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By Lisa Vaas  |  Posted 2002-08-28 Print this article Print

: Get Creative"> The fact that theyre now competing with IT professionals who have vastly more experience makes it imperative that students get creative about gaining experience—if not through an internship, then through other means, such as volunteering on technology projects at nonprofits, signing up to assist with faculty research projects, or scoring a job with a universitys help desk or computer lab (see chart, "Alternatives to internships"). One thing thats appealing about university or college technical positions is that they set the bar low when it comes to the technical skills students are expected to have. Kevin Baradet, network systems director at Cornell Universitys S.C. Johnson Graduate School of Management and an eWeek Corporate Partner, said he doesnt even look at the skills of the students he hires to configure laptops, work as consultants in the computer lab or do development work on the schools systems.
At Carnegie Mellon University, in Pittsburgh, students have ample opportunity to work on research projects before they graduate. Pradeep Khosla, a professor and head of the schools Electrical and Computer Engineering and Information Networking Institute, said employers covet Carnegie Mellon graduates because of the design experience they glean from both course work and research project work.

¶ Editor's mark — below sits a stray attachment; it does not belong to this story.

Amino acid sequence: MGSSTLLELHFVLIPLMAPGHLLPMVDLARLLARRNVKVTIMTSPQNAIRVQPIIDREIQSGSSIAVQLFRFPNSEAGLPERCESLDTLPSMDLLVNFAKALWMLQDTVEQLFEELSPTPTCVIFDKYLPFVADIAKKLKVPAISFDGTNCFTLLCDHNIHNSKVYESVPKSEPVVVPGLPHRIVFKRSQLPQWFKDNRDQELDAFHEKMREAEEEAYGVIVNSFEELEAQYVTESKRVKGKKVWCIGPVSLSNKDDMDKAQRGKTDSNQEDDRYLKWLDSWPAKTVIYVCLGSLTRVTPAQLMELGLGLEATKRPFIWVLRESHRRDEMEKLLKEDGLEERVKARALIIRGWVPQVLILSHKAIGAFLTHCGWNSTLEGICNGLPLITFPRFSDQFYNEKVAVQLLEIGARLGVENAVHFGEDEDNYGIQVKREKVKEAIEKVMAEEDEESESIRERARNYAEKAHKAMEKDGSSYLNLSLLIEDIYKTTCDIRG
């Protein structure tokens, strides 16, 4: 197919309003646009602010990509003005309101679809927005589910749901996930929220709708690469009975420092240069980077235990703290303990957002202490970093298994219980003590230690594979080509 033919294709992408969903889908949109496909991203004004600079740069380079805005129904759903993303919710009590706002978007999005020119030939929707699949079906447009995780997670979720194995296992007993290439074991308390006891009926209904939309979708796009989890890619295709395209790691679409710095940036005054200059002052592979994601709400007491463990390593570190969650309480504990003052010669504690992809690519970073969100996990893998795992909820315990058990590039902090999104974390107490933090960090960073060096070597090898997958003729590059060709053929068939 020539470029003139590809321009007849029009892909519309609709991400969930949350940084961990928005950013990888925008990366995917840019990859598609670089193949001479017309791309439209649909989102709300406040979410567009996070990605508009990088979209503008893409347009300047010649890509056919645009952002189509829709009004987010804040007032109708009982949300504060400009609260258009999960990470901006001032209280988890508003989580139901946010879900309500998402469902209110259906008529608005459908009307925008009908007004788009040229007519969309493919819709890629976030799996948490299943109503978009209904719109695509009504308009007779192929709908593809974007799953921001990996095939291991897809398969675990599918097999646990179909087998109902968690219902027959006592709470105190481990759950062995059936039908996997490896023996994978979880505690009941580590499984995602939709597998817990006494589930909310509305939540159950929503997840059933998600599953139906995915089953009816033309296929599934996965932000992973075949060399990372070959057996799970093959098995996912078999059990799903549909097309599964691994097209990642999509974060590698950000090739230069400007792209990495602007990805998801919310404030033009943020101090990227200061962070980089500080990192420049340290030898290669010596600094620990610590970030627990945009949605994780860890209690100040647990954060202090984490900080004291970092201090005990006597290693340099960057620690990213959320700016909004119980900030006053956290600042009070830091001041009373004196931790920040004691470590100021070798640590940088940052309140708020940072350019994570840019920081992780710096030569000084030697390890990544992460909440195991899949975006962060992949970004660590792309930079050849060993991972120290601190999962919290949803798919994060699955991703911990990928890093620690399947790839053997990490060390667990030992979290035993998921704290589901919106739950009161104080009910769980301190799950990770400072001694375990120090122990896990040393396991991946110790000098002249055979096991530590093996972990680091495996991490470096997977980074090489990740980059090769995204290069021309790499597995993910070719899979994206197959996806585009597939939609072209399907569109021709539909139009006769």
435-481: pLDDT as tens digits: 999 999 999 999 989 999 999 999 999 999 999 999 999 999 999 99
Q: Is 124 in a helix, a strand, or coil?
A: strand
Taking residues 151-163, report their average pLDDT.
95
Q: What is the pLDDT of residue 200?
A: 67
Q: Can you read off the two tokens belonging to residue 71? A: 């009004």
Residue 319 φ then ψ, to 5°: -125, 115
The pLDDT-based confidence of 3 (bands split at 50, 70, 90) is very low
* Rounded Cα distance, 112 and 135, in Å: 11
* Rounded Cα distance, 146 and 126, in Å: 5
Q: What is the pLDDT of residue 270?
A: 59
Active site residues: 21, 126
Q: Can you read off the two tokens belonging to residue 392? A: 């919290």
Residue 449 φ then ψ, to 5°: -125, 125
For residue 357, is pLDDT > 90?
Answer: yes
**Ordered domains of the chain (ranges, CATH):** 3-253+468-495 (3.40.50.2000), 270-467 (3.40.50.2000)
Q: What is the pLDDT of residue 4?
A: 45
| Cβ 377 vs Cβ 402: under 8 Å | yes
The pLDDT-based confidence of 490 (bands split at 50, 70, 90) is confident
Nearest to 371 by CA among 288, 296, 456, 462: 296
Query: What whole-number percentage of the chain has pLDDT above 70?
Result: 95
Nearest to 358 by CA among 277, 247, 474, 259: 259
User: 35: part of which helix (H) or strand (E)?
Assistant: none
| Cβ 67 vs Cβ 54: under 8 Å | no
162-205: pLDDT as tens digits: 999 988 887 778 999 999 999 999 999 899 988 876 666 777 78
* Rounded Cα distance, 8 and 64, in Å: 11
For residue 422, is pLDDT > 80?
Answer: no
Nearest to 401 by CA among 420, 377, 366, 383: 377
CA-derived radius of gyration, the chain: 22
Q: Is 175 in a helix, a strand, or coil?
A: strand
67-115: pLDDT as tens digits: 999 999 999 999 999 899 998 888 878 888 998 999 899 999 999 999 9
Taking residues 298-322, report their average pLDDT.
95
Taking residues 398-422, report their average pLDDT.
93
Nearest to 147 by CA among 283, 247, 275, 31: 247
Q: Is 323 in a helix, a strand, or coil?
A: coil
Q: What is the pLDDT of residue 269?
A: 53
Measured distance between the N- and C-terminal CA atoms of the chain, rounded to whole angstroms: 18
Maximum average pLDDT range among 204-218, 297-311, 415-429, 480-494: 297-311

"In my lab, I have funded projects where masters and Ph.D. students are working, and we recruit undergrads to work side by side with them," Khosla said. "They even get a paper [published] before they graduate." Finally, hiring managers are deeply impressed with the initiative shown by students who volunteer their time to aid nonprofit groups. Microsoft Corp. Senior Technical Recruiter Colleen McCreary said one of the few students to get a coveted Microsoft internship—the company typically receives more than 100,000 résumés a year; in fiscal year 2002, 6,100 of those people were hired—did so in no small part because he decided to help Habitat for Humanity set up a membership database. "We love to see people whove gone above and beyond whats expected of them," said McCreary, in Charlotte, N.C. Related stories:
  • Lining Up for Jobs
  • For This Student, Persistence Pays Off
  • Enrollments Fall With the Times

    Lisa Vaas is News Editor/Operations for and also serves as editor of the Database topic center. Since 1995, she has also been a Webcast news show anchorperson and a reporter covering the IT industry. She has focused on customer relationship management technology, IT salaries and careers, effects of the H1-B visa on the technology workforce, wireless technology, security, and, most recently, databases and the technologies that touch upon them. Her articles have appeared in eWEEK's print edition, on, and in the startup IT magazine PC Connection. Prior to becoming a journalist, Vaas experienced an array of eye-opening careers, including driving a cab in Boston, photographing cranky babies in shopping malls, selling cameras, typography and computer training. She stopped a hair short of finishing an M.A. in English at the University of Massachusetts in Boston. She earned a B.S. in Communications from Emerson College. She runs two open-mic reading series in Boston and currently keeps bees in her home in Mashpee, Mass.

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